Tuesday, July 24, 2007

VA funding

Support veterans by printing the following and mailing it to your Congressman or Senator. Hard copy mail gets more attention than email. If you can't afford the postage, email is good too.


Upcoming Congressional testimony effectively ends

arguments that VA healthcare funding should remain

part of the discretionary budget process.

This coming Wednesday, July 25, the Senate Committee on Veterans' Affairs will hold a hearing on VA healthcare funding.

The highlight of that hearing will be testimony by Joe Violante, National Legislative Director of the Disabled American Veterans (DAV).

Violante will be speaking for the Partnership for Veterans Health Care Budget Reform, a partnership formed by The American Legion, AMVETS, Blinded Veterans Association, Jewish War Veterans of the USA, Military Order of Purple Heart of the U.S.A., Paralyzed Veterans of America, Veterans of Foreign Wars of the United States and Vietnam Veterans of America.

The testimony includes nine reasons why mandatory VA funding WILL work.  The reasons are posted below.  This is a must read and should be passed on to all veterans and their families.

You can read or download the entire testimony... click here...

For more on mandatory VA funding, use the VA Watchdog search engine...click here...

Myths vs. Reality below:


Mandatory VA Healthcare Funding


MYTH: Congress would lose oversight over the VA health care system if VA shifted from discretionary to mandatory funding.

REALITY: While funding would be removed from the direct politics, uncertainties, and capriciousness of the annual budget-appropriations process, Congress would retain oversight of VA programs and health care services—as it does with other federal mandatory programs. Guaranteed funding for VA health care would free members of Congress from their annual budgetary battles to provide more time for them to concentrate on oversight of VA programs and services.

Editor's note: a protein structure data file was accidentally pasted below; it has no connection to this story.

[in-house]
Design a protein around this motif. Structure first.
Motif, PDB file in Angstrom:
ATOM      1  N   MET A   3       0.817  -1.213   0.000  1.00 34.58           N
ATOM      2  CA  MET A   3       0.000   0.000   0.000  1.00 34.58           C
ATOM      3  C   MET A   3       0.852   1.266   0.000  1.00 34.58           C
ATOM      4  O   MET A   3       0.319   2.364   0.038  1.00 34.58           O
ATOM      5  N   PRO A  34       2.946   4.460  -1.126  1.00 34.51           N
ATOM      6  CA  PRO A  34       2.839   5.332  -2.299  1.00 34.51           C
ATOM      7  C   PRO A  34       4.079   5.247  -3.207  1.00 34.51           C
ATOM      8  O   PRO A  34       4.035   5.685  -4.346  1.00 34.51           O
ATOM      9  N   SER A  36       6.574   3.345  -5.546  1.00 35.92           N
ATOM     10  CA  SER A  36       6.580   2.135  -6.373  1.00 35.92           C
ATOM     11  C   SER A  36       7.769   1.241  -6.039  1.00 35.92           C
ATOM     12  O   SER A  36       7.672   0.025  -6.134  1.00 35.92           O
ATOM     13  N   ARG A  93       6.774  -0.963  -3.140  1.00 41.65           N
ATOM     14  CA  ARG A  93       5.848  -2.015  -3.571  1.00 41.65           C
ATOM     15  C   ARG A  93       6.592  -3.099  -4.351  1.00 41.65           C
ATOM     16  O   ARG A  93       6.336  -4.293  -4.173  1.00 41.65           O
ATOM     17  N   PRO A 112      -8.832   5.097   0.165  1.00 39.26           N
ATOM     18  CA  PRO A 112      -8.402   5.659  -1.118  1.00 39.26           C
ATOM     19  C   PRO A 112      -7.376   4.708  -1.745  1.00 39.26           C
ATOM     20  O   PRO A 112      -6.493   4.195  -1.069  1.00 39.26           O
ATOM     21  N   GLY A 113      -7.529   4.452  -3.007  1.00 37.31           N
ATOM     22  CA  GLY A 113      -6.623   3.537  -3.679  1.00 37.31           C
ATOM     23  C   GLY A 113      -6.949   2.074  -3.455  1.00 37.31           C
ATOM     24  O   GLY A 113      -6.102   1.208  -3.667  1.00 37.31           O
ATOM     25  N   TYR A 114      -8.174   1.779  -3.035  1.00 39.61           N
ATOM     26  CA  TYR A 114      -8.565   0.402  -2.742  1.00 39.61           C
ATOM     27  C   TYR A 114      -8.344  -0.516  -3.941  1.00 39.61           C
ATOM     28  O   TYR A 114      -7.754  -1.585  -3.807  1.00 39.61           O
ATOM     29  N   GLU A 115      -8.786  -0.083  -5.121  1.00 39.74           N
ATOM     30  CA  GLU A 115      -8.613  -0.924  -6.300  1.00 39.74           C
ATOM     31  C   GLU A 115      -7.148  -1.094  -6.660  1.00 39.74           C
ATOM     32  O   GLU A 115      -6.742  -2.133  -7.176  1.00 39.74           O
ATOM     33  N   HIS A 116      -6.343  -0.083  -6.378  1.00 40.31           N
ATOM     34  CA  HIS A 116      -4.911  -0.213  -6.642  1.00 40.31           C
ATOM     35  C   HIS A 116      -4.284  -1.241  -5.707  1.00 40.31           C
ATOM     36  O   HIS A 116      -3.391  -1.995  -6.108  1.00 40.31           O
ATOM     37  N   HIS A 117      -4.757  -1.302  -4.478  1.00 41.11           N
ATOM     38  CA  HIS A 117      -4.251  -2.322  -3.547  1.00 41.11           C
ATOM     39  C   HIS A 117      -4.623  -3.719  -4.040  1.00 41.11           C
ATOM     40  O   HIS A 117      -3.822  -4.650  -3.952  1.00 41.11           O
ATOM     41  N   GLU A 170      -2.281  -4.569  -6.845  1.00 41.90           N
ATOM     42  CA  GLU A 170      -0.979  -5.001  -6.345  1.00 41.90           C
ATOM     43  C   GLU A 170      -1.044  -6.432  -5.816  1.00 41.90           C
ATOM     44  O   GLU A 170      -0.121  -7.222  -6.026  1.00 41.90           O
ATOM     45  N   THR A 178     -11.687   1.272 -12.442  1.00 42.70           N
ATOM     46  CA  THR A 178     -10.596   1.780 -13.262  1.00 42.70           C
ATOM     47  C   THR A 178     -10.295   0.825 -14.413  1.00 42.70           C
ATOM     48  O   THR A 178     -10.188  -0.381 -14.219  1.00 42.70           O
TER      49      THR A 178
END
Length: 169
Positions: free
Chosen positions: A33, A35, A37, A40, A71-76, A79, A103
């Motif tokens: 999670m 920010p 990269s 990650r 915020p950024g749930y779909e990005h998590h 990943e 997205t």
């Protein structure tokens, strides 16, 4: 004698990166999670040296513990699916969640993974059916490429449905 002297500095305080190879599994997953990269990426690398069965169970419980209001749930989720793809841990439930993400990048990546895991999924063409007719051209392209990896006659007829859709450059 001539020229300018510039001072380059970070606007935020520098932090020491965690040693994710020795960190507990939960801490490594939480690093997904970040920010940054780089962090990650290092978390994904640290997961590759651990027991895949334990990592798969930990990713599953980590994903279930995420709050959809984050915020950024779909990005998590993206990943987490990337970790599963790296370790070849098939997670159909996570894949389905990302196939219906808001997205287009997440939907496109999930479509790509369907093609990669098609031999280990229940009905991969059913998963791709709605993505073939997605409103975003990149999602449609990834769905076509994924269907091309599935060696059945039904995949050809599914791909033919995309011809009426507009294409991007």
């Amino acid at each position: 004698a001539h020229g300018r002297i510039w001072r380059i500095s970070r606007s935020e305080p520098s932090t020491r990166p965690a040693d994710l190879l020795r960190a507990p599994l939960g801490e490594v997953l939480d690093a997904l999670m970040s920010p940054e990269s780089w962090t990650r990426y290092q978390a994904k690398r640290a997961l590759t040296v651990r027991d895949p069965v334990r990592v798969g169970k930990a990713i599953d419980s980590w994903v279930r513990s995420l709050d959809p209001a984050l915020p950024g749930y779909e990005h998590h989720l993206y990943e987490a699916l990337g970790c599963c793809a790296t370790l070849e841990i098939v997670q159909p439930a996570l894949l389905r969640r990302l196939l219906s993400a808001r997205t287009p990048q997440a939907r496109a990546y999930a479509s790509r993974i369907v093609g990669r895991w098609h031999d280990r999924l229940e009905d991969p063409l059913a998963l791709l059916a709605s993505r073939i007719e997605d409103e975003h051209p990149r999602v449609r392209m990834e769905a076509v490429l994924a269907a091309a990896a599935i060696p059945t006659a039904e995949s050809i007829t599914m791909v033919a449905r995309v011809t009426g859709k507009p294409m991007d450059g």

MYTH: Mandatory funding creates an individual entitlement to health care.

REALITY: The Assured Funding for Veterans Health Care Act would shift the current funding for VA health care from discretionary appropriations to mandatory budget status. The Act makes no other changes. It does not expand eligibility for an individual veteran, make changes to the benefits package, or alter VA’s mission.

MYTH: Guaranteed funding would open the VA health care system to all veterans.

REALITY: The Health Care Eligibility Reform Act of 1996 theoretically opened the VA health care system to all 27 million veterans; however, it was never anticipated that all veterans would seek or need VA health care. Most veterans have private health insurance and will likely never elect to use the system. The Secretary is required by law to make an annual enrollment decision based on available resources. This bill would not affect the Secretary’s authority to manage enrollment, but would only ensure the Secretary has sufficient funds to treat those veterans enrolled for VA health care.

MYTH: Guaranteed funding for VA health care would cost too much.

REALITY: Guaranteed funding under the Act would utilize a formula based on the number of enrolled veterans multiplied by the cost per patient, with an annual adjustment for medical inflation to keep pace with costs for medical equipment, supplies, pharmaceuticals and uncontrollable costs such as energy. The Act would ensure that VA receives sufficient resources to treat veterans actually using the system.